von Seyffertitz, Theobald. Expeditionsleitung der Olympiamannschaft... Weisungen für den Fackelstaffellauf, für die Reise und für die ersten Stunden des Aufenthaltes in Berlin. [Expedition Leadership of the Olympic Team. Directives for the torch relay, for the trip, and for the first hours upon arriving in Berlin]
[Vienna]: The expedition leader, Seyffertitz, July 1936. 285 by 230mm (11¼ by 9 inches). Original type script; 7 lvs. with 48 numbered directives. Typed named at the end: [“The expedition leader, Seyffertitz”]. Stapled top left. In German.
Very good, first page with some sun-discoloring; first page no longer attached to staple.
Original detailed instructions for Austria’s 1936 Olympic team.
The 1936 summer Olympics are commonly known as Berlin 1936 or the Nazi Olympics. The Nazi Party Paper, the Völkischer Beobachter, wrote in the strongest terms that Jews should not be allowed to participate in the games. There are rumors that Marty Glickman and Sam Stoller, originally slated to compete for the United States, were replaced by Jesse Owens and Ralph Metcalfe because of their Jewish heritage. Several countries boycotted the games entirely because of the policies of the National Socialists.
Austria was one of the few countries that sent Jewish Olympians to Berlin. Specifically, they had Jewish participants from the sports club Hakoah Vienna. This created a political balancing act — how exactly should the Austrian delegation march into the Olympic stadium? Should they give a Nazi salute? How should Austrian Olympians conduct themselves?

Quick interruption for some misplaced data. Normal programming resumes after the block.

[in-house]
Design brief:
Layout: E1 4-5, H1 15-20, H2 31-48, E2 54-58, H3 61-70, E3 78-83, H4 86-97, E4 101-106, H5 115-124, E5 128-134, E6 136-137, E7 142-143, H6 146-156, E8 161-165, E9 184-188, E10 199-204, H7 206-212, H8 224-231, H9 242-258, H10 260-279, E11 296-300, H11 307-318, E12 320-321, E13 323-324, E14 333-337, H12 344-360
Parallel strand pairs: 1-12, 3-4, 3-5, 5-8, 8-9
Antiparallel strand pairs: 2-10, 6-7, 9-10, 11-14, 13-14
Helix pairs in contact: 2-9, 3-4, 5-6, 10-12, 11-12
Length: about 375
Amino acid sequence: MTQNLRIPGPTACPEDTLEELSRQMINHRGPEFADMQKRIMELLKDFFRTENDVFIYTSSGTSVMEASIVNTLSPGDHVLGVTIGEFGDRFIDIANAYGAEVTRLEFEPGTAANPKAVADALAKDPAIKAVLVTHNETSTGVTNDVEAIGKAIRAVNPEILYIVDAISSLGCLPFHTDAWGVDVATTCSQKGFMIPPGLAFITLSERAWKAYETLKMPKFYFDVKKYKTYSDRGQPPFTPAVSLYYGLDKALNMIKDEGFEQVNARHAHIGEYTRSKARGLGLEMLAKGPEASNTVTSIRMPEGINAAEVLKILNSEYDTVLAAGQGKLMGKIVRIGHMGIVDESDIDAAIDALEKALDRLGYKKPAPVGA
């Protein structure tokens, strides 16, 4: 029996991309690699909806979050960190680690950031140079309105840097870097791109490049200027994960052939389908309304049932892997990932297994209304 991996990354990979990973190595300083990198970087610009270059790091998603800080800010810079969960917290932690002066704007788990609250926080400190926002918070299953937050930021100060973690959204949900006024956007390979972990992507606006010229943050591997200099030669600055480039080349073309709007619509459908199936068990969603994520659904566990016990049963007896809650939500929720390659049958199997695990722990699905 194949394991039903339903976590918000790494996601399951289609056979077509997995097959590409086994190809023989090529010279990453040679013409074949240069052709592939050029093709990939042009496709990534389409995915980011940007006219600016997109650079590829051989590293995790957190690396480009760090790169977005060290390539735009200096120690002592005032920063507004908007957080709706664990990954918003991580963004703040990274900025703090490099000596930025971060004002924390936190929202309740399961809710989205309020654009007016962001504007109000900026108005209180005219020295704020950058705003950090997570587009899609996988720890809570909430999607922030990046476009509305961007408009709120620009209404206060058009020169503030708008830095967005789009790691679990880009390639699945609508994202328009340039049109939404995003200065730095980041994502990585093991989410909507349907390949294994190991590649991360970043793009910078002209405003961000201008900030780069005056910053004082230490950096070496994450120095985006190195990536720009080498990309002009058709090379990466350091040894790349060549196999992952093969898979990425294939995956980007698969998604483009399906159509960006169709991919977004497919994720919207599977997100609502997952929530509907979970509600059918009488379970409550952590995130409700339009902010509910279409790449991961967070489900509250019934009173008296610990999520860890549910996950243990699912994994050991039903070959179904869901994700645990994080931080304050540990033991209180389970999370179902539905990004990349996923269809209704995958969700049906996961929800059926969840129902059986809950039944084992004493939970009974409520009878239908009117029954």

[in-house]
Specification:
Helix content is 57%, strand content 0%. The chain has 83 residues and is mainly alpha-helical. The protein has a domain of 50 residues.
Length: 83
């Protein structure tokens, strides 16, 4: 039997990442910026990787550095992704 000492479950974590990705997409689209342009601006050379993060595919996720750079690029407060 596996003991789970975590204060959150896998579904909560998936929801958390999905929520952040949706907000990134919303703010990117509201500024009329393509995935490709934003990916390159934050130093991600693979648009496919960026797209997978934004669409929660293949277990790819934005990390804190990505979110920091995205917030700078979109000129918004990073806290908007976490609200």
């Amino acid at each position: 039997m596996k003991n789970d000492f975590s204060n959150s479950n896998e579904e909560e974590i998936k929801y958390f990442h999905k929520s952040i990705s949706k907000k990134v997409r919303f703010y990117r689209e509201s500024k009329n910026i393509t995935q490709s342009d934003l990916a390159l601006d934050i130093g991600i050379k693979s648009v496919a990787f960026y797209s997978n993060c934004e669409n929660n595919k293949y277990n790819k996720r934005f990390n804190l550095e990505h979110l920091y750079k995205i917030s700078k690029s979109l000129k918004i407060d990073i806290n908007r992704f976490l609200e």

Theobald von Seyffertitz (1889–1957) was the Secretary General of the Austrian Sport and Athletic Association and the “Expedition Leader” the Austrian Olympic Team. He wrote these detailed rules for the Austrian athletes and their accompanying travelers. What to wear when; when to eat; how to respond to inquiries; how to greet, etcetera.
Of especial interest is the section on greetings:
[“A greeting with your cap on is responded with a salute. If you have no cap on, you respond with a small bow. When we march for the opening ceremony, there will be a greeting with the “Olympic Greeting” and the entire group will raise their hand at the exact time that expeditions leader Seyffertitz raises his hand to greet. In all other circumstances both in and outside of the stadium, a greeting shall be by salute.”]
The “Olympic Greeting” was similar to a Nazi salute, except the hand is raised with a pointed finger.
A fascinating historical document showing how Germany’s neighbor attempted to regulate every single aspect of their Olympic team. The document shows the carefully calculated political maneuver of Austria, given that their delegation included Jewish athletes.
The Austrian delegation achieved 5 gold, 7 silver, and 5 bronze medals at the 1936 Berlin Olympics.
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